FOM: the historical and logical pedigree of the Borel universe
Stephen G Simpson
simpson at math.psu.edu
Mon Dec 15 18:46:59 EST 1997
(1) The historical pedigree of the Borel universe
In his December 18 posting, Walter Felscher says:
> Having just returned from reading the Cinq Lettres in the
> library, I can assure that these do not contain any
> intimation of proposals to restrict attention to Borel sets.
>
> What reference is Mr. Simpson then basing his claims on ?
I'm pretty sure I have seen this proposal in the writings of Borel
and/or Baire. I'm trying to locate a primary reference. In the
meantime, have a look at A. Heyting's "Fondements des
Math'ematiques", iii + 91 pages, Gauthier-Villars, Paris, 1955.
Pages 6-11 contain a section entitled "Le semi-intuitionnisme
Fran,caise" discussing the views of the so-called French empiricists,
i.e. Borel, Baire, Lebesgue, Lusin, et al. Subsection 4 is entitled
"Ensembles bor'eliens" and in it Heyting says the following:
Les recherches les plus fructueuses ont port'e sur les questions de
fondements pour la th'eorie des ensembles de points et des
fonctions r'eelles. BOREL a 'et'e conduit `a sa th'eorie des
ensembles bor'eliens (appel'es d'abord par lui ensembles
mesurables, plus tard ensembles bien d'efinis, aujourd'hui en
France d'apr`es LEBESGUE ensembles mesurables B) par ses
r'eflexions sur les fondements de la th'eorie des ensembles. ....
Le concept d'ensemble bor'elien est suffisamment g'en'eral pour
qu'il semble ad'equat de limiter l'analyse `a la consid'eration de
tels ensembles. ....
(2) The logical pedigree of the Borel universe
Kanovei said:
> Then there must exist a function defined on the tree
> which correctly computes the measures of all intermediate
> sets (including the "root" set).
> Most likely your ATR or ATR_0 suffices to prove this
Yes, that's right. ATR_0 is enough to do this for all Borel codes.
This is in the Ph.D. thesis of Xiaokang Yu, "Measure Theory in Weak
Subsystems of Second Order Arithmetic", Pennsylvania State University,
1987.
> However it is clear that this axiom (as you described it)
> fails to be "Borel" in the way commented by 2) above,
> just because its formulation leads to a non-Borel set
> (e.g. the set of all pairs <a,x> such that a is a code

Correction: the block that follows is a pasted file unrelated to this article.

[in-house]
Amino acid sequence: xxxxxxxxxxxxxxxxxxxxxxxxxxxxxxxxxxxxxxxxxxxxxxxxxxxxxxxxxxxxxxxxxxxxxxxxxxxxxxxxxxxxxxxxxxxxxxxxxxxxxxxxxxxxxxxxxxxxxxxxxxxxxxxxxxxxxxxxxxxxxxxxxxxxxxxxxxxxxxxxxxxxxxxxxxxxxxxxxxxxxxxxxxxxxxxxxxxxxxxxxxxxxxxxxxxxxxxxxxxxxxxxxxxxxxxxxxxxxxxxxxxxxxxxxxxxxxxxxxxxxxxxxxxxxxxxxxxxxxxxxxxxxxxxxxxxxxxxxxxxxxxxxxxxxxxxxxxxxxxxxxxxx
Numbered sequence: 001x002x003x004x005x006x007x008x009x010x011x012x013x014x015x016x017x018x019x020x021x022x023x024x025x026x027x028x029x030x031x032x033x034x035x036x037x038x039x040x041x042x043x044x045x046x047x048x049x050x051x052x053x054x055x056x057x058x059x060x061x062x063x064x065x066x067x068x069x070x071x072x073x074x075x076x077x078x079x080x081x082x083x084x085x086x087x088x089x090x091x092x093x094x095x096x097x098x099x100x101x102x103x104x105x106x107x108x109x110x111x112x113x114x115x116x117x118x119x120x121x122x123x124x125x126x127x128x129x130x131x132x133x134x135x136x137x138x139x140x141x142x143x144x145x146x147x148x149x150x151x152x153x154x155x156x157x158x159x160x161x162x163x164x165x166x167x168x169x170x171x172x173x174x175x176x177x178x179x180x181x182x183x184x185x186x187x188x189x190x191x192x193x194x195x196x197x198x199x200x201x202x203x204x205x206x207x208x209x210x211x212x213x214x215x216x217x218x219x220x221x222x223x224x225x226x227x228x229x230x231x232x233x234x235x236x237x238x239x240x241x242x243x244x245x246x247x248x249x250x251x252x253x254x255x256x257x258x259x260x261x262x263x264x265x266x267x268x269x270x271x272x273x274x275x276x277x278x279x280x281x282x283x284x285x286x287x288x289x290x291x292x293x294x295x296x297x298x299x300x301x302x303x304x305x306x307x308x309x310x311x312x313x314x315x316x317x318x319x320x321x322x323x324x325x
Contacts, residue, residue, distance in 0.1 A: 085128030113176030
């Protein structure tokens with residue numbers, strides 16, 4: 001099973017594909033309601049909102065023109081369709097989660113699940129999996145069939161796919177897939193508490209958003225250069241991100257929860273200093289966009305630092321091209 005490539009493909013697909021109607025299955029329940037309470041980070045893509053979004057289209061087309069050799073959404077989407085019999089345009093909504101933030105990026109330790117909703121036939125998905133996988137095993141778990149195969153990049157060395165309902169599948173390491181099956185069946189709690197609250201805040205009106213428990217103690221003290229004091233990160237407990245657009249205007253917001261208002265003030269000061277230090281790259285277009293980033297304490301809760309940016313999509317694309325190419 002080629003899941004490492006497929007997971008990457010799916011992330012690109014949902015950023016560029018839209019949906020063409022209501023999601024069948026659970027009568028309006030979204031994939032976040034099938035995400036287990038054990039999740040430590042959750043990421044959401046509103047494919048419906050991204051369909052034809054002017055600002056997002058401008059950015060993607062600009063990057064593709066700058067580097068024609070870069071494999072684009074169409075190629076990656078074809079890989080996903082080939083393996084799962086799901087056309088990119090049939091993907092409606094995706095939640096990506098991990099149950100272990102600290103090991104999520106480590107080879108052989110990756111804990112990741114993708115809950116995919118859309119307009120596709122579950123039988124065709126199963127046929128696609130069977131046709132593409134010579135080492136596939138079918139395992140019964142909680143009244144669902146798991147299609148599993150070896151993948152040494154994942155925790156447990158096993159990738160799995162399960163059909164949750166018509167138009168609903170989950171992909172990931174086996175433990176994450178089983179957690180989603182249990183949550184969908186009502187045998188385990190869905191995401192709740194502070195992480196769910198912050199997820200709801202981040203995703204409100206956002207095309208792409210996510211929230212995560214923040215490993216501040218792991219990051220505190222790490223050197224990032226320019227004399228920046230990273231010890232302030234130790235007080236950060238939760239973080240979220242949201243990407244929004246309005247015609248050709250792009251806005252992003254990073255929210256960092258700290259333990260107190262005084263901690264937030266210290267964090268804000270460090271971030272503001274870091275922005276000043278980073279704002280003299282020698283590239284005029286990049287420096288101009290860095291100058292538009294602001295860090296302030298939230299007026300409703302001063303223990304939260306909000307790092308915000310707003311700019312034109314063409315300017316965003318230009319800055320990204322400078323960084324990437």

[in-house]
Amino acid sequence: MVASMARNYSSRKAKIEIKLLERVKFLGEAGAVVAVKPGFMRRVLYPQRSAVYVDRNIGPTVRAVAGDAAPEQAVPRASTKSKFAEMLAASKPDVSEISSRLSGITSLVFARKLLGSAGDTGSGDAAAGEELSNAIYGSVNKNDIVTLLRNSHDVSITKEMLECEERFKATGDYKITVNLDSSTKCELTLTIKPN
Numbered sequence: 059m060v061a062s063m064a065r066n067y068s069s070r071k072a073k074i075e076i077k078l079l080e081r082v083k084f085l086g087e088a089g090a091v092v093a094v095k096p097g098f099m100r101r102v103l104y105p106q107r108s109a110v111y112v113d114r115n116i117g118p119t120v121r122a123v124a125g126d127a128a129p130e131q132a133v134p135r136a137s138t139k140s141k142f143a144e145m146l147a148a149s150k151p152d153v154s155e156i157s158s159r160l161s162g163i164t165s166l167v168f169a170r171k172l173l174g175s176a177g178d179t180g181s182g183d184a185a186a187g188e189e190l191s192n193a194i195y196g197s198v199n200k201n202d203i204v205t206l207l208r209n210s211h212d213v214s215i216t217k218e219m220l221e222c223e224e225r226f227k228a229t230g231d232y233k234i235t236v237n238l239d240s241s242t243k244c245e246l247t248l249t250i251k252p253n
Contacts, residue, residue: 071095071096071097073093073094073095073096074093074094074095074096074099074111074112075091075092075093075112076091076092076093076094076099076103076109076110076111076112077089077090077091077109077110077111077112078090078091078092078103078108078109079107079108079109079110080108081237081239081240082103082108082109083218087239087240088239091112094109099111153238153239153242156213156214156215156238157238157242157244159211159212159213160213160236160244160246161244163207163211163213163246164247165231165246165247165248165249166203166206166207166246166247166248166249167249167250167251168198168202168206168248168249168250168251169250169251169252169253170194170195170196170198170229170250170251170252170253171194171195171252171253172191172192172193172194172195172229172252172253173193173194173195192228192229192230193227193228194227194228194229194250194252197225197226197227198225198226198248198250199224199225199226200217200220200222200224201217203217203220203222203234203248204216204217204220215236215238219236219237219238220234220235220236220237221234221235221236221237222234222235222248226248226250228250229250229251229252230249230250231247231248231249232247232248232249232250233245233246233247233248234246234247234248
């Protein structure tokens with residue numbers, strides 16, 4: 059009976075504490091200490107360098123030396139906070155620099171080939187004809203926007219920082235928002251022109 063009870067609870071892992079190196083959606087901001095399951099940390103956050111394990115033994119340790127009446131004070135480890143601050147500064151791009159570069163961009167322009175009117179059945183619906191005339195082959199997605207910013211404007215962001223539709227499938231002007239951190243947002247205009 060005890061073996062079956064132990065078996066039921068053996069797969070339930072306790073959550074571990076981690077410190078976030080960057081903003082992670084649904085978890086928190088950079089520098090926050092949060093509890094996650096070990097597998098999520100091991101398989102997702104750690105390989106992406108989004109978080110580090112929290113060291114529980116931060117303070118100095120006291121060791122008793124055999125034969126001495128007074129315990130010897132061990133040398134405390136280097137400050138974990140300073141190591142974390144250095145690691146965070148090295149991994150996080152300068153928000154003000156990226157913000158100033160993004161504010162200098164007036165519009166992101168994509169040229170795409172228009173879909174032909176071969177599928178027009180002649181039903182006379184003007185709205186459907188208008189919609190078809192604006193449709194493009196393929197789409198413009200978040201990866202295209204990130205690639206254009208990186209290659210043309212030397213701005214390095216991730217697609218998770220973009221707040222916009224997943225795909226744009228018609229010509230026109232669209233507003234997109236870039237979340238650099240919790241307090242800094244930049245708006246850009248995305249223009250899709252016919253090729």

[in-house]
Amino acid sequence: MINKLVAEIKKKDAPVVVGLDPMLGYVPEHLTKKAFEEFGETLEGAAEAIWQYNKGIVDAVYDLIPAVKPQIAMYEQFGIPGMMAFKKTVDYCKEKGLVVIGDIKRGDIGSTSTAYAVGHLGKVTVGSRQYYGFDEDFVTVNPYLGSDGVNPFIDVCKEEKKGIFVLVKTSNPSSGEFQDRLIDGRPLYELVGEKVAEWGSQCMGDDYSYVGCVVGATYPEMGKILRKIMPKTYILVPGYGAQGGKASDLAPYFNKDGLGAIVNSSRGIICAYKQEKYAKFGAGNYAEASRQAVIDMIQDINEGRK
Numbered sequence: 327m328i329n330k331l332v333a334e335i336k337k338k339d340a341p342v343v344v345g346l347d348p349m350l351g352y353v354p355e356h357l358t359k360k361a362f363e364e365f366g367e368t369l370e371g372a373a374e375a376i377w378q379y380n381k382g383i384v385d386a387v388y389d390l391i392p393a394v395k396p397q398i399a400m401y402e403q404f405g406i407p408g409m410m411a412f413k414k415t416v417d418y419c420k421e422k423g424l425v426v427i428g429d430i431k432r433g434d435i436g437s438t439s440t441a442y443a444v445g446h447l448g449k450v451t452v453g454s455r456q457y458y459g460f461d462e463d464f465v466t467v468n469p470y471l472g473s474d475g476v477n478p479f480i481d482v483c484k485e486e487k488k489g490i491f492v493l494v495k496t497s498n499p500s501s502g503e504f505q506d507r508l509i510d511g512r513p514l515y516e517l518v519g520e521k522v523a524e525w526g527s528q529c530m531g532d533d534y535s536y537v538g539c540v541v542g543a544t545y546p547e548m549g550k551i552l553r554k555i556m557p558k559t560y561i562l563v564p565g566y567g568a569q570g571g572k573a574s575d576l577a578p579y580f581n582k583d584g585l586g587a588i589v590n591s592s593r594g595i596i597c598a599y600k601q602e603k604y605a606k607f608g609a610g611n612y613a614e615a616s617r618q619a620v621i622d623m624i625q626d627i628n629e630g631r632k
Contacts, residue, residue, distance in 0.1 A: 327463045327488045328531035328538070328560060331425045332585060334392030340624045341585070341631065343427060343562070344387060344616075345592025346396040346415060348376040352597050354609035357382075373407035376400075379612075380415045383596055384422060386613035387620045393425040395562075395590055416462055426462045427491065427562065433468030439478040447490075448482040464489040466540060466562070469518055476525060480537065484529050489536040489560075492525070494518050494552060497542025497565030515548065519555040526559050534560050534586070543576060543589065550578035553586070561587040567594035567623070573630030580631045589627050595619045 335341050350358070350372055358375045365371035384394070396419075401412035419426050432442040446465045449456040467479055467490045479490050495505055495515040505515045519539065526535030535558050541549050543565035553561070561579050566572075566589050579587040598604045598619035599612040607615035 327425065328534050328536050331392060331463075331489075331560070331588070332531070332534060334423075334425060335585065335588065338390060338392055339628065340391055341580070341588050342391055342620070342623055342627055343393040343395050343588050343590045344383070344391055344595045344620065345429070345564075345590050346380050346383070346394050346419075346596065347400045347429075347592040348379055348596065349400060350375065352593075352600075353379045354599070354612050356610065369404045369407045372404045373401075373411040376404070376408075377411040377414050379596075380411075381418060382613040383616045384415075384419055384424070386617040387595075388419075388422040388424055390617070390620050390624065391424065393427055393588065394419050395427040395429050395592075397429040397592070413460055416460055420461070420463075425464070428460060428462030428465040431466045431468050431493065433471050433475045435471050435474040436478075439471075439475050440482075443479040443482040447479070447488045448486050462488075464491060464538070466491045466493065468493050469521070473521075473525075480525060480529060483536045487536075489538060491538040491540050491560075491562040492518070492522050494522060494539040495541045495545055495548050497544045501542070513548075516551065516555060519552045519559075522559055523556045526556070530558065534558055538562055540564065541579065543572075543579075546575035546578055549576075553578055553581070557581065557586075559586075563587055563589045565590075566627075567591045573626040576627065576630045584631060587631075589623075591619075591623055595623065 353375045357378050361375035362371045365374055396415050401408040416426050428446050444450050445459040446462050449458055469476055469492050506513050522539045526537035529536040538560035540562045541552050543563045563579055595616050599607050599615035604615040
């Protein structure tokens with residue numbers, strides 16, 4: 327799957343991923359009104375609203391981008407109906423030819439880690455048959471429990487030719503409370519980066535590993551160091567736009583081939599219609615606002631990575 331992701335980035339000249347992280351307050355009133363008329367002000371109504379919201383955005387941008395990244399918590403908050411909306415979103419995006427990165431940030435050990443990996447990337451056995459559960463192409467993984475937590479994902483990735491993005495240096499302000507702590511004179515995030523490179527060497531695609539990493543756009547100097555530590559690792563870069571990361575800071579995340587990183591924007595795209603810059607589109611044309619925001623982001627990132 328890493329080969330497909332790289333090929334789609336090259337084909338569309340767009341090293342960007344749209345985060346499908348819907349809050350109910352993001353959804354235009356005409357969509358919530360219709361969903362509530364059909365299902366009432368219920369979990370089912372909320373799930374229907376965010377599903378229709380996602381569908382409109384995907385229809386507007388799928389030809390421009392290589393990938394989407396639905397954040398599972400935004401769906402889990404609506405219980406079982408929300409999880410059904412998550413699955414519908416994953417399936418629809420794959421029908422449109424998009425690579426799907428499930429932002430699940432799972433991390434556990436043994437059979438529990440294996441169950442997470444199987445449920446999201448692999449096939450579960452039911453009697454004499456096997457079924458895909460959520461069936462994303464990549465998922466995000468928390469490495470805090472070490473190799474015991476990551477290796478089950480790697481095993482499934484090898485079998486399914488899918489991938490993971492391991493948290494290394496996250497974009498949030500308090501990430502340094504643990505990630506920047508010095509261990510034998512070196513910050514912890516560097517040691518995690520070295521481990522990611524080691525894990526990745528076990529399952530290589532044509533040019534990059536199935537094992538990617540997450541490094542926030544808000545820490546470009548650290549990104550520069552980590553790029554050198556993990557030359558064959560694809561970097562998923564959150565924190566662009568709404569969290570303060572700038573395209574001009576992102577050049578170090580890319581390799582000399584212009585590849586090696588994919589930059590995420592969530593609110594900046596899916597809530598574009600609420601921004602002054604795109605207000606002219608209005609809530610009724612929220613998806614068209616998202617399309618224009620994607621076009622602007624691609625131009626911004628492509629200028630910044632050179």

> of ordinal while x a real coding the accomplished
> inductive construction) -- despite the fact that each
> induction step is innocuous.
The above construction carried out for any particular lightface Borel
well-founded tree is lightface Borel. By "lightface Borel" I mean
hyperarithmetical. If you consider it as being carried out all at
once for all well-founded trees, then of course it isn't lightface
Borel, because the set of well-founded trees is non-Borel.
Nevertheless, it is definable by a Pi^1_1 formula, as usual.
> This is why I take the liberty to conclude that
> 6) Borel sets do not admit a Borel justification
I don't accept this conclusion. My claim is exactly that ATR_0 or
conservative extensions of it such as TBU_0 *do* constitute a Borel
justification of Borel sets, if I understand what you mean by "Borel
justification", in terms of methodological purity.
1. The principal axiom of ATR_0 asserts precisely that "Borel
constructions" can be carried out. By a "Borel construction" I mean
an arithmetical construction iterated along a given countable
well-ordering, or if you prefer, along a given countable well-founded
tree. Such constructions are precisely what is needed in order to
make sense of the concept of Borel sets in terms of Borel codes, and
this concept is undoubtedly the right one to use.
2. The omega-models of ATR_0 are closely related to "lightface Borel"
sets, and ATR_0 has the same logical strength as predicative analysis,
as I explained earlier.
3. As I also mentioned earlier, ATR_0 is just strong enough (in the
sense of reverse mathematics) to prove many of the classical theorems
on Borel sets, e.g. Lusin's theorem and the Borel domain theorem.
4. Something I didn't mention earlier: ATR_0 is strong enough to
prove some advanced theorems on Borel sets. For instance, (a) a form
of Silver's theorem on Borel and coanalytic equivalence relations, (b)
a version of the Harrington-Shelah theorem on Borel quasiorderings.
References for this are chapter V of my book, and Alberto Marcone's
paper "Borel quasi-orderings in subsystems of second-order
arithmetic", Annals of Pure and Applied Logic, 1991, volume 54, pages
265-291.
-- Steve Simpson
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